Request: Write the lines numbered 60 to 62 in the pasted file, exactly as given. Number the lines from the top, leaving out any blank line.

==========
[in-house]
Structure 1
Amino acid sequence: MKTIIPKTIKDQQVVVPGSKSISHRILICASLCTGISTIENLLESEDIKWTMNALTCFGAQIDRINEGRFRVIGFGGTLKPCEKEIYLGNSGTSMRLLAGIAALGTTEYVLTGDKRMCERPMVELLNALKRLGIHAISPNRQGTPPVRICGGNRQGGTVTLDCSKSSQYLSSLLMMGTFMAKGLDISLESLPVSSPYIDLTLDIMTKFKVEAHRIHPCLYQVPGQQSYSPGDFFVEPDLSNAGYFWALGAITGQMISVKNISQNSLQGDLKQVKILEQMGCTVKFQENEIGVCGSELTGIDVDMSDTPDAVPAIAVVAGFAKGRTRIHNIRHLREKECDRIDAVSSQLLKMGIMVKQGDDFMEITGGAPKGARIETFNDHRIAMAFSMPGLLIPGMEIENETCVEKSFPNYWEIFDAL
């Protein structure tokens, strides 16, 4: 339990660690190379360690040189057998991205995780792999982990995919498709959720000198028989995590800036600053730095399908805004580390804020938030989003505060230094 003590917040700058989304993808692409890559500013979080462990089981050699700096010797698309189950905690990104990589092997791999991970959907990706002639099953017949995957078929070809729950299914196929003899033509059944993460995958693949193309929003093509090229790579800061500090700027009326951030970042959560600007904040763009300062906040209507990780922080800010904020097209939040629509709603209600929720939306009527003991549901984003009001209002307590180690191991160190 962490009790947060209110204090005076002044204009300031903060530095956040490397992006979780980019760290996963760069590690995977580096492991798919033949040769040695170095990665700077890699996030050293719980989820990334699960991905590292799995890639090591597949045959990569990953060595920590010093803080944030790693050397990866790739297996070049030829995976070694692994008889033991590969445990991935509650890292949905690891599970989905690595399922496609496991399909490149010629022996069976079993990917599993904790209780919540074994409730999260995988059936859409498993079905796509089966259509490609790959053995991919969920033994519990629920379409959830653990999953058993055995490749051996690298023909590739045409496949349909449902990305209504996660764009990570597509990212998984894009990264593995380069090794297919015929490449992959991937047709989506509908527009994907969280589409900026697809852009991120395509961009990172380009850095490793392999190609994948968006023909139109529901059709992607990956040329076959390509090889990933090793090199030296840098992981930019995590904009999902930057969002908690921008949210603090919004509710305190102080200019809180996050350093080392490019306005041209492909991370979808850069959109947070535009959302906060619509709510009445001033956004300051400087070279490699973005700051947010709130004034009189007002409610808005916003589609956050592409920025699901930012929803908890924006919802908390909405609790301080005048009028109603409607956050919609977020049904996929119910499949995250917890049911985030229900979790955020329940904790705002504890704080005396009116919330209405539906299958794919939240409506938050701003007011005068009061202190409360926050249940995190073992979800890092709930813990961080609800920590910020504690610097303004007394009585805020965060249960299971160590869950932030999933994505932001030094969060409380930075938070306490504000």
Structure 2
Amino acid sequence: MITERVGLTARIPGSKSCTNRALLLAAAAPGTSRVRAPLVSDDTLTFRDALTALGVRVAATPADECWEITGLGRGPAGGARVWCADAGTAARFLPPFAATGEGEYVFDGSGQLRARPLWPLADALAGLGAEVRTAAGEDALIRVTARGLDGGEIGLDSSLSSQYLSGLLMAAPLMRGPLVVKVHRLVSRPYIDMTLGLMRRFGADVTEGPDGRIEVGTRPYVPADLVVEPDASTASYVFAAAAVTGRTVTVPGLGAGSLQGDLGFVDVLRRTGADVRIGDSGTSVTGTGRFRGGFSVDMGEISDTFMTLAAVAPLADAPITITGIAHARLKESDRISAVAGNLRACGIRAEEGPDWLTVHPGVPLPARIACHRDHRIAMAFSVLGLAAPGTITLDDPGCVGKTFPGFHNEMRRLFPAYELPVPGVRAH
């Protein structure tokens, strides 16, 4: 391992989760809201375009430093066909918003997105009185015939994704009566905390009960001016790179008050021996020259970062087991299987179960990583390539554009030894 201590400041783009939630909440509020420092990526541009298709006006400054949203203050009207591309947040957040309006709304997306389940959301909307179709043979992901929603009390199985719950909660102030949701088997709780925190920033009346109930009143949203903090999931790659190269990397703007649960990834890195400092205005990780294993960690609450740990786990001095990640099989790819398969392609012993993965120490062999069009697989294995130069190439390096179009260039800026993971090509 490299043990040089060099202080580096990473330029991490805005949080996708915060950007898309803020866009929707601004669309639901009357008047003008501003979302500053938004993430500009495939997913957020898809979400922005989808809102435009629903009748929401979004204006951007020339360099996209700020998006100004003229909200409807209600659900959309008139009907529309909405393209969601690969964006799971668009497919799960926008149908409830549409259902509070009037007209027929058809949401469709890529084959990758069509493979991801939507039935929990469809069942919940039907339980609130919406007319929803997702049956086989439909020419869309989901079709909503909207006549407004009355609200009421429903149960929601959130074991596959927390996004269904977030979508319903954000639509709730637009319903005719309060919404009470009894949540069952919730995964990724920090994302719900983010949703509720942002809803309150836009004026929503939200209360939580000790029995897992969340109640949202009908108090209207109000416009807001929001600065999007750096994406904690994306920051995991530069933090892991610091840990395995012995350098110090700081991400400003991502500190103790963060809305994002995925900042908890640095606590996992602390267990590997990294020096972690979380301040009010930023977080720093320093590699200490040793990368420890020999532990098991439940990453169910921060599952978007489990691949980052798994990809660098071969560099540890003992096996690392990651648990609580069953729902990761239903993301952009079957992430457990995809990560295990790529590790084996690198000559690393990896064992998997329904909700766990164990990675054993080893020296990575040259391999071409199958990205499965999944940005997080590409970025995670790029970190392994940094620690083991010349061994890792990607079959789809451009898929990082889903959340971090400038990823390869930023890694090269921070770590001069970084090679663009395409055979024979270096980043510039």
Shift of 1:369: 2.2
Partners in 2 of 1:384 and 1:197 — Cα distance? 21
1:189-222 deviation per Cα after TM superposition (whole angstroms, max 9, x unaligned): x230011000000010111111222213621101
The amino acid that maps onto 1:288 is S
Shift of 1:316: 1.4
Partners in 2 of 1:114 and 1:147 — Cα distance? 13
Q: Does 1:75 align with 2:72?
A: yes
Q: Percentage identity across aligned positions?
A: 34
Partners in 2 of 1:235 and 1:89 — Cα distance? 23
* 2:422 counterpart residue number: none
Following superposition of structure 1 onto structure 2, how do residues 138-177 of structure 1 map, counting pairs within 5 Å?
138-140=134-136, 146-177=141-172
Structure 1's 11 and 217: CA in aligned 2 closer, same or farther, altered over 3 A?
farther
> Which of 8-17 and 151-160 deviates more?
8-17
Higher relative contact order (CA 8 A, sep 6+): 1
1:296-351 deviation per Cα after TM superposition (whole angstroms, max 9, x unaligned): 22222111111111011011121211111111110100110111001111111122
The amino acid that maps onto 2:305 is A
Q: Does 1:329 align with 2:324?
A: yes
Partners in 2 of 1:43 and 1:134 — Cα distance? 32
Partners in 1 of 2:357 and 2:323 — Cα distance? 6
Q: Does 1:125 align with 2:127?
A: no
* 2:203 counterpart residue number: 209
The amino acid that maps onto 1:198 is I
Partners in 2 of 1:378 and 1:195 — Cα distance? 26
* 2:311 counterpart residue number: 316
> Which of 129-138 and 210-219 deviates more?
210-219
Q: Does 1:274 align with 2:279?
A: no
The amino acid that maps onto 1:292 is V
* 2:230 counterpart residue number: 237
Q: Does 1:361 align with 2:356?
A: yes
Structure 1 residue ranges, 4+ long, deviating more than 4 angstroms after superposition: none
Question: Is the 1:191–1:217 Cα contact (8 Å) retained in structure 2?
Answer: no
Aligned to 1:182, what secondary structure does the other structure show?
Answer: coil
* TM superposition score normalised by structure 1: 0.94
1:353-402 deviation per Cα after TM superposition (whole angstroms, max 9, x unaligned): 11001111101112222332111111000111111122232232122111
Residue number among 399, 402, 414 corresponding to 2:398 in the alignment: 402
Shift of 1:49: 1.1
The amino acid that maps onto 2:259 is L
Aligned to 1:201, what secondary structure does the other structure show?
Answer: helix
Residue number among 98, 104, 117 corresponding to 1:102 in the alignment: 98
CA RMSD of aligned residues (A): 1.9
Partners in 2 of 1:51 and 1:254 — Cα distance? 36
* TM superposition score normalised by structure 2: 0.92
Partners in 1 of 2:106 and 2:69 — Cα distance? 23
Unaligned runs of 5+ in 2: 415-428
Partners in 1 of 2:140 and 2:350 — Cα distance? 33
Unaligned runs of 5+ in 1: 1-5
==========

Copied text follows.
CA RMSD of aligned residues (A): 1.9
Partners in 2 of 1:51 and 1:254 — Cα distance? 36
* TM superposition score normalised by structure 2: 0.92